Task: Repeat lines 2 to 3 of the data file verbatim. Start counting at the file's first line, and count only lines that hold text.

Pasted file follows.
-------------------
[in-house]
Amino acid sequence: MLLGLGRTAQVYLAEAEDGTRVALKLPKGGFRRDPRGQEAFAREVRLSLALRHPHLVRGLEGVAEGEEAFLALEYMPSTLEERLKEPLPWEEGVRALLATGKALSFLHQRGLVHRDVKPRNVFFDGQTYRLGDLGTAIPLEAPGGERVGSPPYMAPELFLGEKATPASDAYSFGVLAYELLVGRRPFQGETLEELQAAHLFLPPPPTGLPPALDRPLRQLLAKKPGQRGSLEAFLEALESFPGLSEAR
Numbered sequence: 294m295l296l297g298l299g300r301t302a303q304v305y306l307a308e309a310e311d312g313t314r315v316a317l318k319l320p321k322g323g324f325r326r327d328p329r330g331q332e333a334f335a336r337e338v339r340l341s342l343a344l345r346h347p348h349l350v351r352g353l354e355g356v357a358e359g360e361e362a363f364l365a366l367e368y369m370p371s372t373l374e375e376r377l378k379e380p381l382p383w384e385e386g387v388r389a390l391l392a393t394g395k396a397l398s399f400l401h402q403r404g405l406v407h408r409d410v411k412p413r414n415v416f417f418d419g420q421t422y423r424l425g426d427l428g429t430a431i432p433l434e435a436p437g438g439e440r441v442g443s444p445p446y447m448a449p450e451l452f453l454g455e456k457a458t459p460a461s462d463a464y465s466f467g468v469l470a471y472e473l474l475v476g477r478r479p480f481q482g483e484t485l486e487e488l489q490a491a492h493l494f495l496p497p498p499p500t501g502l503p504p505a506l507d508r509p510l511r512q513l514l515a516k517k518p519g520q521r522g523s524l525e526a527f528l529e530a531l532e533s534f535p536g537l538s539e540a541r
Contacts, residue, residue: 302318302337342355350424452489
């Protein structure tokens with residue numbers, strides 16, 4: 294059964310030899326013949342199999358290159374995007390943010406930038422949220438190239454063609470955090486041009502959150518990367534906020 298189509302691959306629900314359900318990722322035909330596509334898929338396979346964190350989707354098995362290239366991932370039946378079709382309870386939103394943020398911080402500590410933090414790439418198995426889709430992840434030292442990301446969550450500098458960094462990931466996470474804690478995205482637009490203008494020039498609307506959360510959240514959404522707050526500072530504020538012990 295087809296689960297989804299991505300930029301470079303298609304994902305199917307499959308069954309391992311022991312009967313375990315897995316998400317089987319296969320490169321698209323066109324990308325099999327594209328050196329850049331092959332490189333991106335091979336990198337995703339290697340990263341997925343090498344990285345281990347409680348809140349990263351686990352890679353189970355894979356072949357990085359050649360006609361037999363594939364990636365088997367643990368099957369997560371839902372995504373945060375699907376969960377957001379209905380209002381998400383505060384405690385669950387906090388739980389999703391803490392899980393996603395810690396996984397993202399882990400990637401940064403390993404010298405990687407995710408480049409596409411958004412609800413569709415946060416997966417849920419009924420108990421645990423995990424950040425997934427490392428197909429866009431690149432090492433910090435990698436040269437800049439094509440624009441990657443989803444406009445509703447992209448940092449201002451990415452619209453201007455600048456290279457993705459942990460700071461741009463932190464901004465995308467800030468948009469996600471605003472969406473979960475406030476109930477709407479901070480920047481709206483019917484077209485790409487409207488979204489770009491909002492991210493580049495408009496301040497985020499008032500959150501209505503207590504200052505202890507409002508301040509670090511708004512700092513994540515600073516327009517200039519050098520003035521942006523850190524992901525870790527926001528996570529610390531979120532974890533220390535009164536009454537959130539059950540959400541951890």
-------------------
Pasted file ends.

Amino acid sequence: MLLGLGRTAQVYLAEAEDGTRVALKLPKGGFRRDPRGQEAFAREVRLSLALRHPHLVRGLEGVAEGEEAFLALEYMPSTLEERLKEPLPWEEGVRALLATGKALSFLHQRGLVHRDVKPRNVFFDGQTYRLGDLGTAIPLEAPGGERVGSPPYMAPELFLGEKATPASDAYSFGVLAYELLVGRRPFQGETLEELQAAHLFLPPPPTGLPPALDRPLRQLLAKKPGQRGSLEAFLEALESFPGLSEAR
Numbered sequence: 294m295l296l297g298l299g300r301t302a303q304v305y306l307a308e309a310e311d312g313t314r315v316a317l318k319l320p321k322g323g324f325r326r327d328p329r330g331q332e333a334f335a336r337e338v339r340l341s342l343a344l345r346h347p348h349l350v351r352g353l354e355g356v357a358e359g360e361e362a363f364l365a366l367e368y369m370p371s372t373l374e375e376r377l378k379e380p381l382p383w384e385e386g387v388r389a390l391l392a393t394g395k396a397l398s399f400l401h402q403r404g405l406v407h408r409d410v411k412p413r414n415v416f417f418d419g420q421t422y423r424l425g426d427l428g429t430a431i432p433l434e435a436p437g438g439e440r441v442g443s444p445p446y447m448a449p450e451l452f453l454g455e456k457a458t459p460a461s462d463a464y465s466f467g468v469l470a471y472e473l474l475v476g477r478r479p480f481q482g483e484t485l486e487e488l489q490a491a492h493l494f495l496p497p498p499p500t501g502l503p504p505a506l507d508r509p510l511r512q513l514l515a516k517k518p519g520q521r522g523s524l525e526a527f528l529e530a531l532e533s534f535p536g537l538s539e540a541r